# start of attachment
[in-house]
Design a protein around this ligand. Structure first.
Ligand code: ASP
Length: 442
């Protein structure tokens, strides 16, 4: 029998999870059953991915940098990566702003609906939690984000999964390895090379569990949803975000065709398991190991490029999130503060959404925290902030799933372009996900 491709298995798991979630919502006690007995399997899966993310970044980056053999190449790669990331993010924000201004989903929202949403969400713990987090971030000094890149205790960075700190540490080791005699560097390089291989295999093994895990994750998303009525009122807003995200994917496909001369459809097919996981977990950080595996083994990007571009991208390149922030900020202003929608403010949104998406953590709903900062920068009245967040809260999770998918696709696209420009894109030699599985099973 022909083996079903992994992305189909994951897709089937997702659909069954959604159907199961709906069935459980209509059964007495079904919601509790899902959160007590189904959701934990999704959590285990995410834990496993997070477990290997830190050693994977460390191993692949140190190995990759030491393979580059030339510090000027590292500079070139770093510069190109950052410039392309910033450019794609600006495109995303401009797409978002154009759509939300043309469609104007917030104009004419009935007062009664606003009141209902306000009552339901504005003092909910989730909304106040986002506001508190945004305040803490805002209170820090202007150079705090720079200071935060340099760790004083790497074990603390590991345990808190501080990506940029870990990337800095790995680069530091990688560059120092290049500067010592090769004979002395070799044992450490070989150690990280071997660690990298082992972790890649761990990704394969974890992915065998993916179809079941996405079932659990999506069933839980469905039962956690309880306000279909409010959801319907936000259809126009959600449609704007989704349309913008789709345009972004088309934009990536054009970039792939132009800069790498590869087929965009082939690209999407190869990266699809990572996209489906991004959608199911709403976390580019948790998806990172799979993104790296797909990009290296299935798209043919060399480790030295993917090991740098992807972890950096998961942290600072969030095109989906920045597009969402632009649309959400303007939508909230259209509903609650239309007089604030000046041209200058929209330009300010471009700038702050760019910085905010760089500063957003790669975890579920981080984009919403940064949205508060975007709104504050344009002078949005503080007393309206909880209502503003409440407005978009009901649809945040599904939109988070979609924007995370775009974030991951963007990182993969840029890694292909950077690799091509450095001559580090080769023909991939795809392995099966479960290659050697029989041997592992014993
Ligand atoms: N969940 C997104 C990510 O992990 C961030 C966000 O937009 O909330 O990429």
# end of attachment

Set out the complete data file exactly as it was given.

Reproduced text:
[in-house]
Design a protein around this ligand. Structure first.
Ligand code: ASP
Length: 442
């Protein structure tokens, strides 16, 4: 029998999870059953991915940098990566702003609906939690984000999964390895090379569990949803975000065709398991190991490029999130503060959404925290902030799933372009996900 491709298995798991979630919502006690007995399997899966993310970044980056053999190449790669990331993010924000201004989903929202949403969400713990987090971030000094890149205790960075700190540490080791005699560097390089291989295999093994895990994750998303009525009122807003995200994917496909001369459809097919996981977990950080595996083994990007571009991208390149922030900020202003929608403010949104998406953590709903900062920068009245967040809260999770998918696709696209420009894109030699599985099973 022909083996079903992994992305189909994951897709089937997702659909069954959604159907199961709906069935459980209509059964007495079904919601509790899902959160007590189904959701934990999704959590285990995410834990496993997070477990290997830190050693994977460390191993692949140190190995990759030491393979580059030339510090000027590292500079070139770093510069190109950052410039392309910033450019794609600006495109995303401009797409978002154009759509939300043309469609104007917030104009004419009935007062009664606003009141209902306000009552339901504005003092909910989730909304106040986002506001508190945004305040803490805002209170820090202007150079705090720079200071935060340099760790004083790497074990603390590991345990808190501080990506940029870990990337800095790995680069530091990688560059120092290049500067010592090769004979002395070799044992450490070989150690990280071997660690990298082992972790890649761990990704394969974890992915065998993916179809079941996405079932659990999506069933839980469905039962956690309880306000279909409010959801319907936000259809126009959600449609704007989704349309913008789709345009972004088309934009990536054009970039792939132009800069790498590869087929965009082939690209999407190869990266699809990572996209489906991004959608199911709403976390580019948790998806990172799979993104790296797909990009290296299935798209043919060399480790030295993917090991740098992807972890950096998961942290600072969030095109989906920045597009969402632009649309959400303007939508909230259209509903609650239309007089604030000046041209200058929209330009300010471009700038702050760019910085905010760089500063957003790669975890579920981080984009919403940064949205508060975007709104504050344009002078949005503080007393309206909880209502503003409440407005978009009901649809945040599904939109988070979609924007995370775009974030991951963007990182993969840029890694292909950077690799091509450095001559580090080769023909991939795809392995099966479960290659050697029989041997592992014993
Ligand atoms: N969940 C997104 C990510 O992990 C961030 C966000 O937009 O909330 O990429």